Climate voters help secure Biden’s Mich. victory

Source: By Timothy Cama, E&E News reporter • Posted: Wednesday, March 11, 2020

Joe Biden had another very good night.

The former vice president won Michigan’s Democratic presidential primary, as well as three other states last night.

His rival, Sen. Bernie Sanders (I-Vt.), is ahead in two states, but those races remain too close to be called.

Exit polls indicated voters, while interested in climate change, did not view it consistently as the No. 2 issue behind health care, as they had in most previous contests. Race relations and income inequality were also key concerns.

For those voters who did back climate change, the former vice president won the majority in half the states polled — Missouri and Michigan — according to exit polling by Edison Research for numerous news organizations including CNN and The Washington Post.

Sanders won these voters in Washington, with 36% to Biden’s 30%, according to the survey data.

In Mississippi, the issue ranked fourth of four issues polled, and there was not enough data to determine who these voters preferred.

Biden’s wins — particularly in the night’s big prize of Michigan — further cemented his momentum in the fight for the party’s nomination.

He gave a relatively muted, somber speech in Philadelphia last night before a small group of campaign staff and media, after canceling his planned rally in Cleveland because of concerns over the new coronavirus.

During his address he touched on some main points from his usual stump speech. “In the fight against climate change, we have to rally the rest of the world to act and act now,” he said, adding that he would “rejoin the Paris climate accord on day one.”

Major news outlets declared Biden the winner shortly after the last of Michigan’s polls closed at 8 p.m. CDT, beating Sanders and giving him most of the 125 delegates available in the Great Lakes State.

Biden, who is considered the Democratic establishment candidate in the race that has all but become a two-person field, also won Mississippi, Missouri and Idaho.

Sanders is leading in North Dakota, 48.5% to 42.4%. His lead in Washington is razor thin, 32.7% to 32.5% — a margin of slightly more than 2,000 votes.

Andrew Yang became the latest former Democratic candidate to endorse Biden last night, after the returns began to come in showing he was going to have a strong showing.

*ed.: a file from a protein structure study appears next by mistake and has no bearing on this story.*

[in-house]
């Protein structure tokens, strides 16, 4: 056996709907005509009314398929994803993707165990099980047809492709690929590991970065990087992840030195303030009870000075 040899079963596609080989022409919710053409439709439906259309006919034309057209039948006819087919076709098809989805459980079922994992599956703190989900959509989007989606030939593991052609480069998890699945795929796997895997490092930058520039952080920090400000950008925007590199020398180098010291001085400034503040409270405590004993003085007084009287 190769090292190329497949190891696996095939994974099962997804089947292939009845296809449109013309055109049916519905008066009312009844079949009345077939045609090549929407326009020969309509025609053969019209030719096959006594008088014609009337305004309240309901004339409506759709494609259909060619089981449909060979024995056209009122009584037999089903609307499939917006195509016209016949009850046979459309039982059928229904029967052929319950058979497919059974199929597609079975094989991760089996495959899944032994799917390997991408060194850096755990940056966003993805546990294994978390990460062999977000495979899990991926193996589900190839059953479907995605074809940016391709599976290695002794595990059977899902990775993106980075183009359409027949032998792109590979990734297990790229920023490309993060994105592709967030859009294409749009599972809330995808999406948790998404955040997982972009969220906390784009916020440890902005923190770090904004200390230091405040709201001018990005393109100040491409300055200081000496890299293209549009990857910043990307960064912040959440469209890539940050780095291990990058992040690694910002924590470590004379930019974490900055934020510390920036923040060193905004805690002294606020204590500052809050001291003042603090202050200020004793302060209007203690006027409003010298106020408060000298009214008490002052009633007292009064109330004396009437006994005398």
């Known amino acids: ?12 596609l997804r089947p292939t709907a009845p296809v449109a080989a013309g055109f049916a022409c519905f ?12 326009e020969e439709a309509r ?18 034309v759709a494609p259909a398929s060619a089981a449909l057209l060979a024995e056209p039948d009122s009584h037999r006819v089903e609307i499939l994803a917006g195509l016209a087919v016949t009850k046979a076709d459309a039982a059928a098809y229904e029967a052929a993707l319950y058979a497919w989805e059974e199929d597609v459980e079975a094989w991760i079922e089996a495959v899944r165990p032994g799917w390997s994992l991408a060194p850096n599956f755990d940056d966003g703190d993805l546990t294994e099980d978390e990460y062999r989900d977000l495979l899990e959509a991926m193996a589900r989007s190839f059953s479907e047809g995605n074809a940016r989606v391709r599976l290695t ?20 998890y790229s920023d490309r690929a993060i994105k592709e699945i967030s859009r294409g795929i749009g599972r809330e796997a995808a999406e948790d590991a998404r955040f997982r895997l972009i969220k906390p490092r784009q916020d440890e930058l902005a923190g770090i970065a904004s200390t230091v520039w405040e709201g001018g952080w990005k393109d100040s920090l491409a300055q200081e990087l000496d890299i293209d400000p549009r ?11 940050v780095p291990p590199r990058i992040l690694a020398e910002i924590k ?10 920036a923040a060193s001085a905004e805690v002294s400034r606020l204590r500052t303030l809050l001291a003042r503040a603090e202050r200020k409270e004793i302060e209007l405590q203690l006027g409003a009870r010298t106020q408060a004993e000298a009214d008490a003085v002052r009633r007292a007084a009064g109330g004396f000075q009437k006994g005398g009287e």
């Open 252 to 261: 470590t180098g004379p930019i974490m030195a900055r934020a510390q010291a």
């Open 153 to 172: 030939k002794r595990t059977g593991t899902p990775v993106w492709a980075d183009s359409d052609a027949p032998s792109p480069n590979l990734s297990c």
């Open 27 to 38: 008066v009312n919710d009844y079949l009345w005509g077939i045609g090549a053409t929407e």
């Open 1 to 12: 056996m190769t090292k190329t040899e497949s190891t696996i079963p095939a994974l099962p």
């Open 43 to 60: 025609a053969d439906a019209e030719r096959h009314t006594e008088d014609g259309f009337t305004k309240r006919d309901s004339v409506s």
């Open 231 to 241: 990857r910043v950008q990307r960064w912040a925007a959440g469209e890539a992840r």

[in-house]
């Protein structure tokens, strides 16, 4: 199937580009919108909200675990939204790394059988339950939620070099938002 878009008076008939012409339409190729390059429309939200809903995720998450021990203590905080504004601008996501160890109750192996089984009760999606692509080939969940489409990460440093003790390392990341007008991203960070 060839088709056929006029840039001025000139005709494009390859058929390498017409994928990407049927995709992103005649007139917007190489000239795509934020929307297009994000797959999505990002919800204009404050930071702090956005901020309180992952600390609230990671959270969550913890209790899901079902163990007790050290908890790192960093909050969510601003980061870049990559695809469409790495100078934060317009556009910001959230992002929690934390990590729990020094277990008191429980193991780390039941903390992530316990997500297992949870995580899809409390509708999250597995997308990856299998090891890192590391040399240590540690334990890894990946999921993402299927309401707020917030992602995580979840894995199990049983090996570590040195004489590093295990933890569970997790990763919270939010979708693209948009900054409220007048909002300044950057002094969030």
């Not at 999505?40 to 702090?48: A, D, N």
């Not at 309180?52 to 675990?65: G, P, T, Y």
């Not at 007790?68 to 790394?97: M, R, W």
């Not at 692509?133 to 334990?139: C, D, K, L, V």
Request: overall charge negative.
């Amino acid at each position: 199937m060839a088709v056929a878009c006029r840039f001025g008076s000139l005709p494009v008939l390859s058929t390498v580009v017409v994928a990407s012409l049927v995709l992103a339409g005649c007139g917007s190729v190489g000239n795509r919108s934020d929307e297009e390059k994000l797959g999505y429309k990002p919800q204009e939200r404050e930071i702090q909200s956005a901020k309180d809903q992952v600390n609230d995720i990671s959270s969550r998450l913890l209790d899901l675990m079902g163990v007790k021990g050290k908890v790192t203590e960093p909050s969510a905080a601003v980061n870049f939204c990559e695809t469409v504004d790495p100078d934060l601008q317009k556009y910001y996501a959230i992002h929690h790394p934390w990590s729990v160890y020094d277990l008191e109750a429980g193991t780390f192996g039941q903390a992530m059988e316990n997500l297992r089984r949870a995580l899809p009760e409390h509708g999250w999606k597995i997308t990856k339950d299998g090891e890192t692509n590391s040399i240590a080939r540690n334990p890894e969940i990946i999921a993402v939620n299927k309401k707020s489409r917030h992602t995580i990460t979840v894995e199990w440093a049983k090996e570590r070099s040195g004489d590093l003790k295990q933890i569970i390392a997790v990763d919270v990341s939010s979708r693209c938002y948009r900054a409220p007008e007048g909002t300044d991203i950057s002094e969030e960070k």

Michigan, a heavily African-American state, is a big win for Biden. Sanders, a self-described democratic socialist, won the state in the 2016 primary against Hillary Clinton.

But Clinton lost it in the general election to President Trump, the first Democratic presidential loss in the highly diverse, union-heavy state since 1988.

The six contests of the night further narrowed Sanders’ field to the 1,991 delegates a candidate needs to win the nomination. Biden now has an estimated 823 delegates to Sanders’s 663.

Rep. Tulsi Gabbard of Hawaii, who is still in the race, has two delegates and earned none yesterday.

Will Sanders drop out?

Sanders is showing no major signs that he’ll drop out of the race. In 2016, he stayed in through June.

The senator decided against speaking publicly last night, breaking with a tradition he and other major candidates have kept throughout the primary season.

He canceled a rally planned yesterday for Cleveland — a week before Ohio’s primary — due to concerns over the novel coronavirus and went home to Burlington, Vt., instead.

The two men will face each other Sunday at a debate in Phoenix, although because of the coronavirus, there will be no audience. The debate will provide Sanders an opportunity to attack Biden and potentially gain some momentum against him.

Rep. Alexandria Ocasio-Cortez (D-N.Y.), a high-profile Sanders surrogate, was pessimistic last night.

“There’s no sugarcoating this. This is a very tough night for the movement,” she said on Instagram.

Biden, for his part, began welcoming Sanders supporters to the fold, even though his opponent has not left the race.

“I want to thank Bernie Sanders and his supporters for their tireless passion,” he said, welcoming viewers in general to help with his campaign. “We share a common goal, and together, we’ll defeat Donald Trump. We’ll defeat him together. We’re going to bring this nation together.”

In addition to Ohio, Democrats in Arizona, Florida and Illinois will vote next on March 17, followed by Georgia on March 24.

Mississippi

One state also held congressional primaries yesterday, and the only real contest in Mississippi was the Democratic nomination for Senate.

Mike Espy, the former secretary of Agriculture and three-term congressman from Jackson, won his primary for a rematch with Sen. Cindy Hyde-Smith (R) in the general election.

The two faced off in 2018 in a special election after Hyde-Smith was appointed to fill out the remainder of Sen. Thad Cochran’s term when he resigned due to health concerns.